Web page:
Acanthosis nigricans is a velvety hyperkeratotic, hyperpigmentation of the skin that occurs most commonly in intertriginous areas such as the back of the neck, axilla, and groins. Eight types of AN have been described and all share a common mechanism. They stimulate receptor tyrosine kinase signalling pathways; epidermal growth factor receptor (EGFR), insulin-like growth factor (IGF-1), and fibroblast growth factor receptors. Increased circulating insulin stimulates keratinocyte IGF receptors, especially IGF-1 and at high concentrations, displaces IGF-1 from IGF-1–binding protein. Increased serum-free IGF-1 in turn stimulates the proliferation of keratinocytes and dermal fibroblasts.1 2
Malignant AN is a paraneoplastic phenomenon most commonly associated with gastric adenocarcinoma with an incidence of 55% to 61%, followed by pancreatic cancer, gynaecological malignancies, and lung carcinoma.2 Increased transforming growth factor alpha (TGF-α) is postulated to be the underlying mechanism. The TGF-α acts on EGFR, stimulating soft tissue growth.1 Amelioration of malignant AN following tumour resection, associated with a reduction in elevated circulating TGF-α, supports the participation of EGFR signalling in malignant AN. Malignant AN can manifest preceding, together, or after diagnosis of an underlying malignancy. Rapid evolution of the velvety hyperpigmentation, tripe palms and signs of Leser-Trélat, a rare finding of sudden eruption of seborrhoeic keratoses, are strongly indicative of malignant AN.3 Affected patients are typically not obese and may be cachectic because of the underlying malignancies. Histological features are non-specific and commonly include hyperkeratosis, papillomatosis, basal layer hyperpigmentation, and some dermal papillae that project upwards in the form of finger-like projections.4 Malignant AN may resolve following tumour resection but can recur if there is tumour recurrence.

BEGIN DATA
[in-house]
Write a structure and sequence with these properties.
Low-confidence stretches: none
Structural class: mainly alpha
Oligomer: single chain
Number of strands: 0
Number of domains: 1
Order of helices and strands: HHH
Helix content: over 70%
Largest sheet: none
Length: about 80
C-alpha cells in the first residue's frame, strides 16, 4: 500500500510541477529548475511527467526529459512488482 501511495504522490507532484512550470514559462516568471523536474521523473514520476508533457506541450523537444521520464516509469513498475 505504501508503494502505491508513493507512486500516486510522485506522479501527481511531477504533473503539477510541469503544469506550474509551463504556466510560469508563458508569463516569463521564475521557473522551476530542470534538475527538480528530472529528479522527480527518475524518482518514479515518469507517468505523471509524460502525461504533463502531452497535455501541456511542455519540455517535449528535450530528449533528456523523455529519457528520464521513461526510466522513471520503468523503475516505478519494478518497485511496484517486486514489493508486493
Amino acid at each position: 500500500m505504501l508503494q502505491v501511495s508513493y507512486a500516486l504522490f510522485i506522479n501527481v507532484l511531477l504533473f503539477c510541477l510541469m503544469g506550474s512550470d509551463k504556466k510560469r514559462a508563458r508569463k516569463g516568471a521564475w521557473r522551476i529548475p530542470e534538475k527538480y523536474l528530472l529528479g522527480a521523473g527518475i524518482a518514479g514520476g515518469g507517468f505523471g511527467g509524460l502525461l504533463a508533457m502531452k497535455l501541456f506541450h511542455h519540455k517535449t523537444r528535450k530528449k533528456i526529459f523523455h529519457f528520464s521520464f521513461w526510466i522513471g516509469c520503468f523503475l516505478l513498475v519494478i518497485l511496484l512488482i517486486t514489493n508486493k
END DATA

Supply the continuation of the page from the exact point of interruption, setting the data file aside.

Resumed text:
Krukenberg tumours are defined by the World Health Organization as ovarian carcinomas characterised by the presence of stromal involvement, mucin-producing neoplastic signet ring cells, and ovarian stromal sarcomatoid proliferation. The most common sites of primary malignancies are from the gastrointestinal tract and the breasts. The mean age at diagnosis of Krukenberg tumours is 49.3 ± 13.3 years. The prognosis is generally very poor, probably because of the late stage of diagnosis. The median survival time is 35.0 ± 3.5 months while the 5-year overall survival is around 25%.5
This case illustrates the classic presentation of malignant AN and tripe palms that are associated with metastatic gastric adenocarcinoma. Physicians need to be aware of these features since they may be the only presenting symptoms of the underlying malignancies. Full systemic evaluation for underlying malignancies is warranted to enable early diagnosis and timely management.
Author contributions
Concept or design: CPM Lam.
Acquisition of data: CPM Lam.
Analysis or interpretation of data: CPM Lam.
Drafting of the manuscript: CPM Lam.
Critical revision of the manuscript for important intellectual content: Both authors.
Both authors had full access to the data, contributed to the study, approved the final version for publication, and take responsibility for its accuracy and integrity.
Conflicts of interest
Both authors have disclosed no conflicts of interest.
This study received no specific grant from any funding agency in the public, commercial, or not-for-profit sectors.
Ethics approval
The patient was treated in accordance with the Declaration of Helsinki. Written informed consent for publication was obtained from the patient’s next-of-kin.